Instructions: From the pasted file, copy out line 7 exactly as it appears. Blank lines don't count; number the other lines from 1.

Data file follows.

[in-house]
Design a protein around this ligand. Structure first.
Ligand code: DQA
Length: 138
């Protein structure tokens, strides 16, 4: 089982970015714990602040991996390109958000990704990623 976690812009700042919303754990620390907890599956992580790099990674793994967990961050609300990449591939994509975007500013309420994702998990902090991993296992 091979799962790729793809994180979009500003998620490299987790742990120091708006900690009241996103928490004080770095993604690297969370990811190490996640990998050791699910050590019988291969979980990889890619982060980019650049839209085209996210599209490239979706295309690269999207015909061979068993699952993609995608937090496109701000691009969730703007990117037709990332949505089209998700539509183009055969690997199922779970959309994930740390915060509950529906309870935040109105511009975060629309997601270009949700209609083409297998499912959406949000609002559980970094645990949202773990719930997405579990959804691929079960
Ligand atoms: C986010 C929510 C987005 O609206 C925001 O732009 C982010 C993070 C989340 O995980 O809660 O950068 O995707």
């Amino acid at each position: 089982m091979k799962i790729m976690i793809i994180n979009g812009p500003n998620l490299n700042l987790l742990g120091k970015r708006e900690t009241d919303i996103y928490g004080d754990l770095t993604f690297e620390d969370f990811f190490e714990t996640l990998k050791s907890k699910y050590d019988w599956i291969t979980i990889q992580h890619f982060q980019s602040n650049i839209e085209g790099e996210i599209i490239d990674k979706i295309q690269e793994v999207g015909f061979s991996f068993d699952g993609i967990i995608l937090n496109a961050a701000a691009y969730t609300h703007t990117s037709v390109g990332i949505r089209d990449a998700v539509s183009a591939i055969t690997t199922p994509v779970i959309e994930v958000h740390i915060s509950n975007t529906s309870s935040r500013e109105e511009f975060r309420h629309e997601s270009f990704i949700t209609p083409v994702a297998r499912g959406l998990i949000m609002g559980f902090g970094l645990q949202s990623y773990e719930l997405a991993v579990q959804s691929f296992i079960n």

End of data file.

């Amino acid at each position: 089982m091979k799962i790729m976690i793809i994180n979009g812009p500003n998620l490299n700042l987790l742990g120091k970015r708006e900690t009241d919303i996103y928490g004080d754990l770095t993604f690297e620390d969370f990811f190490e714990t996640l990998k050791s907890k699910y050590d019988w599956i291969t979980i990889q992580h890619f982060q980019s602040n650049i839209e085209g790099e996210i599209i490239d990674k979706i295309q690269e793994v999207g015909f061979s991996f068993d699952g993609i967990i995608l937090n496109a961050a701000a691009y969730t609300h703007t990117s037709v390109g990332i949505r089209d990449a998700v539509s183009a591939i055969t690997t199922p994509v779970i959309e994930v958000h740390i915060s509950n975007t529906s309870s935040r500013e109105e511009f975060r309420h629309e997601s270009f990704i949700t209609p083409v994702a297998r499912g959406l998990i949000m609002g559980f902090g970094l645990q949202s990623y773990e719930l997405a991993v579990q959804s691929f296992i079960n």